Preamble: I began writing this blog piece as soon as I’d powered up the Auralic ARIES Mini. But then there was an update to write about…and so much to listen to…sorry it took so long.
Shortly after entering the URLs for my favourite high quality Internet radio stations I knew the ARIES Mini was something special. Spoken word was easy on the ear, clear and crisply dynamic. This particular quality was noticeable during more serious listening tests. The ARIES has an easy intelligibility and has reduced any shouty tendency in my Tannoy D500s. It becomes so much easier to seamlessly follow lyrics and musical lines.
It’s always interesting to turn up the volume and listen to how the system gets louder. The ARIES Mini delivers a signal that lets the system get ‘loud over there’ within the image and not ‘loud in your ear’ – it’s proved easy to listen at high levels for extended periods without fatigue. Conversely, when some of the big set-piece demos have failed to deliver the expected slam I’ve found I’ve been listening a much lower levels than usual because of the improved transparency of the sound. (I use the SPLnFFT app on my iPad to keep a check on levels). It’s interesting to speculate that what you’ve got used to is a big slab of distortion hitting you!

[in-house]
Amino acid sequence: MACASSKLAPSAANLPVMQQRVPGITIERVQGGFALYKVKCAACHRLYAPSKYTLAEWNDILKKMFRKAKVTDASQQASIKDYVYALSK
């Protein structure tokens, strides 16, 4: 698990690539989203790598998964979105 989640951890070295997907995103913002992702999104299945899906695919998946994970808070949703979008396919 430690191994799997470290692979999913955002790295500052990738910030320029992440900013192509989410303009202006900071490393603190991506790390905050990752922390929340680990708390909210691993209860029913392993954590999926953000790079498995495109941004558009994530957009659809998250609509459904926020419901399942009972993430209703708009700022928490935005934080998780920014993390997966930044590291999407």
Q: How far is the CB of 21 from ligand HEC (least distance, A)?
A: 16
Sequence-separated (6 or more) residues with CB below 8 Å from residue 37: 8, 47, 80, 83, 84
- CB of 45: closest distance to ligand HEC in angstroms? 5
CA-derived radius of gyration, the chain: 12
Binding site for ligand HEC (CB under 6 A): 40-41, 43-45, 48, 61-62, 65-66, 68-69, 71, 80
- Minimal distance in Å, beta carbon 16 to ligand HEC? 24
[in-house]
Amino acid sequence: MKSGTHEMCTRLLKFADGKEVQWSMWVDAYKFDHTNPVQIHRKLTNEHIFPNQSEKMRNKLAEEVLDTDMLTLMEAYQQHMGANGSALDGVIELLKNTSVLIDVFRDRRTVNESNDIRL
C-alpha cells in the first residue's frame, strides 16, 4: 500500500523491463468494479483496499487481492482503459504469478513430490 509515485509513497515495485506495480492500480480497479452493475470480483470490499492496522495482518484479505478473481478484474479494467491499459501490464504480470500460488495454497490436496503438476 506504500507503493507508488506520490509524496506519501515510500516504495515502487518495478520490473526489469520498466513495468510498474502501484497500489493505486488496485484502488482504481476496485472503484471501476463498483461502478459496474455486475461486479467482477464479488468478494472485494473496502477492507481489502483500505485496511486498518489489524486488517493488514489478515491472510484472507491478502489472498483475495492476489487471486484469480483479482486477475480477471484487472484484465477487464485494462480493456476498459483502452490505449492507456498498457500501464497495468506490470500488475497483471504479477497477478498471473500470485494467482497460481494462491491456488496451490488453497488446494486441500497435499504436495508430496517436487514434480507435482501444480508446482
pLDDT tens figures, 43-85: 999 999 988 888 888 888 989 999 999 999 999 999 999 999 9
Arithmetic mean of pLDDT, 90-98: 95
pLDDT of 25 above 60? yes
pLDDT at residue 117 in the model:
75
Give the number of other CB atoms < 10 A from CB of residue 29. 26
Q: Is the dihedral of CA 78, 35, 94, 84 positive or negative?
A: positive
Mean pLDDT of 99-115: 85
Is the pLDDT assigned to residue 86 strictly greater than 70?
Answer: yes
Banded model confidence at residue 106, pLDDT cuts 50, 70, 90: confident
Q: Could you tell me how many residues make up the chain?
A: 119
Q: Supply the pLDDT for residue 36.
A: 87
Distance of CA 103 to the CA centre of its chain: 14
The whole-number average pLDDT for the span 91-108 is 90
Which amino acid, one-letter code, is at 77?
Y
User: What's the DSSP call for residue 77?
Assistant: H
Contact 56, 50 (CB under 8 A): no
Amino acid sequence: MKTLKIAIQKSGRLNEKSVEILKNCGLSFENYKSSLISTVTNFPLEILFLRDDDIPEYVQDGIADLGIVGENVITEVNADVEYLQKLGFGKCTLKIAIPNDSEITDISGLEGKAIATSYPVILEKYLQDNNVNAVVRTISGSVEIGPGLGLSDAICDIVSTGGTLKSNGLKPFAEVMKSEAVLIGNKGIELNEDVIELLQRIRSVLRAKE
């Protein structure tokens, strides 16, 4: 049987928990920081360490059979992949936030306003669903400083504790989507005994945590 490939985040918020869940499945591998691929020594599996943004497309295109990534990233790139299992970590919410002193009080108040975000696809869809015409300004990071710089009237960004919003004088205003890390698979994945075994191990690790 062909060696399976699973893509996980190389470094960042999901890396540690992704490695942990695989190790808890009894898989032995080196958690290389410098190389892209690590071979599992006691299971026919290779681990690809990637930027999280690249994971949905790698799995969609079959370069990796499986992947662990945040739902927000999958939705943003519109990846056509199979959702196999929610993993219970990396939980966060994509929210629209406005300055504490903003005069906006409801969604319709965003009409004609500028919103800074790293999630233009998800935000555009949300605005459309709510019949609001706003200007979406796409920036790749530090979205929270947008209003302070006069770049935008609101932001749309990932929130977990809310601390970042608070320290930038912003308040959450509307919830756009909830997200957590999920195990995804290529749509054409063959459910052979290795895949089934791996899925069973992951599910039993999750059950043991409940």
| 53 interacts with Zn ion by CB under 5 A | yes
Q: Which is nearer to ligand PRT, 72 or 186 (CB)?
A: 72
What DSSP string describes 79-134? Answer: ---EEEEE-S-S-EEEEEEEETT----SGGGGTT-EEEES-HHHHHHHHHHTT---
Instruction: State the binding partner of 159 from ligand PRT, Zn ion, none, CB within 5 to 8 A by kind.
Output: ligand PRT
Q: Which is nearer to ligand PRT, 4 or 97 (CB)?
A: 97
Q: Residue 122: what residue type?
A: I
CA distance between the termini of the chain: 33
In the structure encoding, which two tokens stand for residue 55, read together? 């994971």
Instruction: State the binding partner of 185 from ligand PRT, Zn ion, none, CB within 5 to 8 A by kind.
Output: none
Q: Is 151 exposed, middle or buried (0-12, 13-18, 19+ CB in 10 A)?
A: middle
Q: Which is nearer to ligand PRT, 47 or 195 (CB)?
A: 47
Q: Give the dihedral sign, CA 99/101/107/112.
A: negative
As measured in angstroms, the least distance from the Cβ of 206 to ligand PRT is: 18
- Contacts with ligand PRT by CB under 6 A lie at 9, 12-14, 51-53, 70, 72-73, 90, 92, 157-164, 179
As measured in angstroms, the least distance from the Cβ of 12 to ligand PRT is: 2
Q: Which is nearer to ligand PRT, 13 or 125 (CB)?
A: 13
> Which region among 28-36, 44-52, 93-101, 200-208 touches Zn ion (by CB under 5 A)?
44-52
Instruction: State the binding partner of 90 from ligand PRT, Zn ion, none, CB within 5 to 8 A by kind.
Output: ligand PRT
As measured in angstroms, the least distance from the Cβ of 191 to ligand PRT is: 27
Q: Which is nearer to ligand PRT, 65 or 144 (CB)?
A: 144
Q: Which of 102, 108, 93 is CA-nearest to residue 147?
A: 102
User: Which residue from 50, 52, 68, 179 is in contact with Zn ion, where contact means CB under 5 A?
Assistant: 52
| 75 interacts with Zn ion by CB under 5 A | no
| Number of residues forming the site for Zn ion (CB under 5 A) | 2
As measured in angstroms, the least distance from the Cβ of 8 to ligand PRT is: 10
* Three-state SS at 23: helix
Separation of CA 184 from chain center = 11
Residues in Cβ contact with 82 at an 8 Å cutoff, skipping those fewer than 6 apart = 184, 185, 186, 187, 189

That first evening listening with the ARIES Mini was unintentionally instructive. First call was to listen to some old favourite tracks to see what was new and what had changed. It was while shutting down the system for the night that I realised we’d just spent four hours listening to nothing but CD rips of old analogue masters – never having strayed outside my Classic Demos playlist.
I never tire of Yo Yo Ma’s playing in the lovely Finzi Cello concerto. This is a simple ‘Decca tree’ recording from 1979 by Kenneth Wilkinson in the wonderful acoustic of Watford Town Hall. ‘Wilkie’ was known for his rich orchestral balance with fully detailed lower registers and precise instrumental placement. The ARIES Mini images Ma’s pizzicato cello at the opening of the 3rd movement Adagio so precisely, separate and distinct from the answering side drum. Low strings enter – the initial soft touch of bow to string tangible in a way I’d not previously heard.
In a similar vein, I don’t know how many times I’ve listened to the intro to Rachmaninov’s Isle of the Dead (a relatively early digital recording from the wonderful Amsterdam Concertgebouw hall) to assess a loudspeaker’s low end resolution. Here again was a clarity that extended into the lowest reaches of the orchestra at the lowest signal levels.
The ARIES Mini has the real ability to surprise you dynamically – not with those big ‘made you jump’ musical moments but the focus it brings to leading edges. For example from a CD rip of an old withdrawn library copy of Martin Simpson – The Collection – (‘The Moth’) the bite and accuracy of the guitar already has your attention but each harmonica or sung entry makes you start.
And after a few weeks I now realise that what the ARIES Mini does best is to raise the standard of CD rips, Redbook standard files with greatly improved focus and intelligibility. Sure DSD64 and 24/192 files sound superb but the difference between real hi-res files and 16/44.1 CD rips has narrowed very much in favour of the ‘lower quality’ files.